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Hi, I’m the Egg You Donated

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Today’s pick is a book that has sat on my shelves for a few years and undergone a few moves because I was determined to get to it eventually, and then when I finally read it, I couldn’t believe I’d let it go that long. If you like messy protagonists, complicated relationships, and stories with a big heart, this is a book for you!

Skye Falling cover

Skye Falling by Mia McKenzie

Skye is in her late thirties, and she owns her own business, leading international travel tours for Black women. She spends most of her life on the road and only comes back to her hometown of Philadelphia a few times each year to crash with her oldest friend. While she’s on one of her sporadic trips home, she is shocked when a 12-year-old girl named Vicky approaches her and reveals that she is the result of an egg that Skye donated to a one-time friend with infertility over a decade ago. As if this isn’t jarring enough, Vicky clearly wants a relationship with Skye, and Vicky’s aunt Faye is the woman that Skye recently tried (and failed) to pick up. Although she’s always been more of a cut-and-run type, Skye decides to stick around and see what happens when she takes a chance on getting to know someone.

This book is a truly laugh out loud funny story, and Skye is a really charismatic person — the type of person you definitely want to be friends with, and who always has wild stories, but whose judgment when it comes to relationships (familial, platonic, and romantic) may not be the best. Despite this, I was rooting so hard for her when she decided to stick around Philadelphia and attempt to relate to a kid that she doesn’t know, but nonetheless shares a unique bond with. There is really nothing maternal about Skye, and she makes it clear to Vicky that she can’t be her mom, but that’s why it’s such a joy (and sometimes very hilarious) to watch her learn how to relate to Vicky as an older cousin/aunt/friend/egg donor while also re-examining (and not always liking what she sees) all of her relationships, from her oldest friendships to her fragile relationship with her mom and sometimes contentious connection with her brother.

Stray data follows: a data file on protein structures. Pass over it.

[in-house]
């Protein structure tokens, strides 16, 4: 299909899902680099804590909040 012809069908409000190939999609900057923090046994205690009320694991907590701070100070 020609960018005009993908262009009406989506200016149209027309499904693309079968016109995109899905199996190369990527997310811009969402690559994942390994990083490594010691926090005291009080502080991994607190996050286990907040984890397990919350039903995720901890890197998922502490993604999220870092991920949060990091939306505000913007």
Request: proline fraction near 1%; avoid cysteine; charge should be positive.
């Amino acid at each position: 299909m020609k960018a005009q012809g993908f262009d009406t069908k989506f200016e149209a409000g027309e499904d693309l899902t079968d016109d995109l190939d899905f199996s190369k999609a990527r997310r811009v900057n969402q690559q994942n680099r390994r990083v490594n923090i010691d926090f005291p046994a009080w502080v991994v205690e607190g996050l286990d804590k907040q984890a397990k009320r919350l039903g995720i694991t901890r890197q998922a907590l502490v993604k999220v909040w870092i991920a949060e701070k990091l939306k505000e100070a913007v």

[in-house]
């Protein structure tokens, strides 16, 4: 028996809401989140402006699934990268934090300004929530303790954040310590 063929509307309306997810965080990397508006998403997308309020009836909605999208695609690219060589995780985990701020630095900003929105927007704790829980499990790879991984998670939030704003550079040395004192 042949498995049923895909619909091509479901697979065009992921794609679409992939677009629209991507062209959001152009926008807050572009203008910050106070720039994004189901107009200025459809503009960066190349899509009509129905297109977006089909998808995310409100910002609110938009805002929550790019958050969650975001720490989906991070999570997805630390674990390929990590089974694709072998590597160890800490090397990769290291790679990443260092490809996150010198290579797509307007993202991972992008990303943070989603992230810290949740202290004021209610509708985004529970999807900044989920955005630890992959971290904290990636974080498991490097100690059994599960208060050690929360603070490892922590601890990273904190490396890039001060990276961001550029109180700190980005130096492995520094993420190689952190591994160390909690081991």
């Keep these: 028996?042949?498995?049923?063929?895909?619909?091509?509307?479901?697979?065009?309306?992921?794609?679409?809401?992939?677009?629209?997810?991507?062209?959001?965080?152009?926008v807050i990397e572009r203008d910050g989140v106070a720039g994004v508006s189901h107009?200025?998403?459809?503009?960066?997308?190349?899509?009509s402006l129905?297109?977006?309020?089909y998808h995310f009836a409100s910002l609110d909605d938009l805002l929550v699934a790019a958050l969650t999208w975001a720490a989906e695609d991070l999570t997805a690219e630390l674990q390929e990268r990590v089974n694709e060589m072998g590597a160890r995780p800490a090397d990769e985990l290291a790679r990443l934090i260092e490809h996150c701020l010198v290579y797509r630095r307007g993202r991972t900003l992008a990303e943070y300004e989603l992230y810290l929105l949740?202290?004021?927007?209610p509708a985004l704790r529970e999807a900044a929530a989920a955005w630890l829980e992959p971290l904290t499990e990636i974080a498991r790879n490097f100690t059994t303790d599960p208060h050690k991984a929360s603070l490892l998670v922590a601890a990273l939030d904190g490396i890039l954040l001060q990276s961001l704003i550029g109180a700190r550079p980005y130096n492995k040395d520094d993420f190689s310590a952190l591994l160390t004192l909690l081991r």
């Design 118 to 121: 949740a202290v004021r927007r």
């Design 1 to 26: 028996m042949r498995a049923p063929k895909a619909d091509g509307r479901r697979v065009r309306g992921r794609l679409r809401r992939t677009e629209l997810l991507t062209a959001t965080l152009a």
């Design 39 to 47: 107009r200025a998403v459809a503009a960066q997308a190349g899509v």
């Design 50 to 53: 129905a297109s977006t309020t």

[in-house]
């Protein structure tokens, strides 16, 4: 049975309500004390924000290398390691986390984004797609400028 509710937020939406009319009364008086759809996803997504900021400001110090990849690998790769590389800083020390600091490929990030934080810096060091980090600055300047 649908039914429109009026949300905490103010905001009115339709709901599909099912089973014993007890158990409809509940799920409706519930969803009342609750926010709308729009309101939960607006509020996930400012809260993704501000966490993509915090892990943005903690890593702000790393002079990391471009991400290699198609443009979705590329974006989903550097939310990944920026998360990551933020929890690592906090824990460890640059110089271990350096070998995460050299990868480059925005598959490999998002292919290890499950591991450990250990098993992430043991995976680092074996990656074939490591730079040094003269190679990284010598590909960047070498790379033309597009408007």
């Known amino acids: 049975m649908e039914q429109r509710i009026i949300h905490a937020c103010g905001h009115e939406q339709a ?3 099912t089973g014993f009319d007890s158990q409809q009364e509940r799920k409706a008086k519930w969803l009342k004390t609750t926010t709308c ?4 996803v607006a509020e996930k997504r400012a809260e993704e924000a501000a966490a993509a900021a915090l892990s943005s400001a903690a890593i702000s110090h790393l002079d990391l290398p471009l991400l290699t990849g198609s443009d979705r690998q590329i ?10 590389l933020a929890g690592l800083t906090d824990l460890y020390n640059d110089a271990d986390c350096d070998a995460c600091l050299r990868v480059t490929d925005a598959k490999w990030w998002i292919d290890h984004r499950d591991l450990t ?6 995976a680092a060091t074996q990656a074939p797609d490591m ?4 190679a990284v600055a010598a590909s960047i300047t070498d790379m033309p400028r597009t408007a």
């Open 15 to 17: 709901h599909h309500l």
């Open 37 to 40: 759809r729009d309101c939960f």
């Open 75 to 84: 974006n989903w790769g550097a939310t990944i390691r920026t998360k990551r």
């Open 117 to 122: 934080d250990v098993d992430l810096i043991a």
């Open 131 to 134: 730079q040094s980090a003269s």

One thing that I really enjoyed was how well McKenzie brings the Philadelphia setting to life. She writes about the neighborhoods that Skye and Vicky haunt with such loving, affectionate detail, and she details how dizzying Skye finds it when beloved landmarks get lost to gentrification. I’ve never spent much time in Philadelphia, but the setting felt so real it made me want to visit right away. McKenzie also touches upon issues of police violence and the implication of gentrification beyond losing beloved bars and shops and how these things affect the day-to-day lives of the characters. It provides moments of growth as Skye realizes that Vicky isn’t just a cool little friend she hangs out with but someone she begins to feel a responsibility for, and for the first time in her life, that responsibility can be a positive thing. The longer Skye stays in Philadelphia, connecting with Vicky and crushing on her aunt, the more Skye has to face that she has deep connections to her hometown, and jetting off to Brazil or adding another stamp to her passport isn’t a fix when things get tough. McKenzie balances the serious with the humor so well, and I inhaled this delightful book in about two days.

~Tirzah Price


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